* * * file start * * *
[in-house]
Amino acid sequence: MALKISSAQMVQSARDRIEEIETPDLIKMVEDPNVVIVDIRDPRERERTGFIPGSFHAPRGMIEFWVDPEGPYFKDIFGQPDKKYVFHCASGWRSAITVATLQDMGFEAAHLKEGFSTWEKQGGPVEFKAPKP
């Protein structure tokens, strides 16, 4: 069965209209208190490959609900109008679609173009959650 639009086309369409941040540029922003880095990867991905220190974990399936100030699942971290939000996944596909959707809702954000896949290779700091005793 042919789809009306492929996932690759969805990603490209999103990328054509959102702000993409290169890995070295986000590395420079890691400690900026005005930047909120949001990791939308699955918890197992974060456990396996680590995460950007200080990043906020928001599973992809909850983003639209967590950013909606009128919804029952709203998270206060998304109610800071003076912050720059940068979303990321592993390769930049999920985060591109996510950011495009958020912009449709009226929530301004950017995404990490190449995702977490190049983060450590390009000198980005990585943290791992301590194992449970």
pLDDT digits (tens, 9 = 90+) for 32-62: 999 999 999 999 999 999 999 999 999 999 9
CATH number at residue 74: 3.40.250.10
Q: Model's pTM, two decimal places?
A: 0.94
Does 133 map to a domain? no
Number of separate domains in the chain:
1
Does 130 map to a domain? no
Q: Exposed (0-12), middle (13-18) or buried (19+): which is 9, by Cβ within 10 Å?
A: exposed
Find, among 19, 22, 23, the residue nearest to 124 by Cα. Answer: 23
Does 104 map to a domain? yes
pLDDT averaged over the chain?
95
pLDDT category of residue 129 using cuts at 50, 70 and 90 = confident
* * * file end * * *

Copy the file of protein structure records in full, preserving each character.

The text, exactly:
[in-house]
Amino acid sequence: MALKISSAQMVQSARDRIEEIETPDLIKMVEDPNVVIVDIRDPRERERTGFIPGSFHAPRGMIEFWVDPEGPYFKDIFGQPDKKYVFHCASGWRSAITVATLQDMGFEAAHLKEGFSTWEKQGGPVEFKAPKP
């Protein structure tokens, strides 16, 4: 069965209209208190490959609900109008679609173009959650 639009086309369409941040540029922003880095990867991905220190974990399936100030699942971290939000996944596909959707809702954000896949290779700091005793 042919789809009306492929996932690759969805990603490209999103990328054509959102702000993409290169890995070295986000590395420079890691400690900026005005930047909120949001990791939308699955918890197992974060456990396996680590995460950007200080990043906020928001599973992809909850983003639209967590950013909606009128919804029952709203998270206060998304109610800071003076912050720059940068979303990321592993390769930049999920985060591109996510950011495009958020912009449709009226929530301004950017995404990490190449995702977490190049983060450590390009000198980005990585943290791992301590194992449970």
pLDDT digits (tens, 9 = 90+) for 32-62: 999 999 999 999 999 999 999 999 999 999 9
CATH number at residue 74: 3.40.250.10
Q: Model's pTM, two decimal places?
A: 0.94
Does 133 map to a domain? no
Number of separate domains in the chain:
1
Does 130 map to a domain? no
Q: Exposed (0-12), middle (13-18) or buried (19+): which is 9, by Cβ within 10 Å?
A: exposed
Find, among 19, 22, 23, the residue nearest to 124 by Cα. Answer: 23
Does 104 map to a domain? yes
pLDDT averaged over the chain?
95
pLDDT category of residue 129 using cuts at 50, 70 and 90 = confident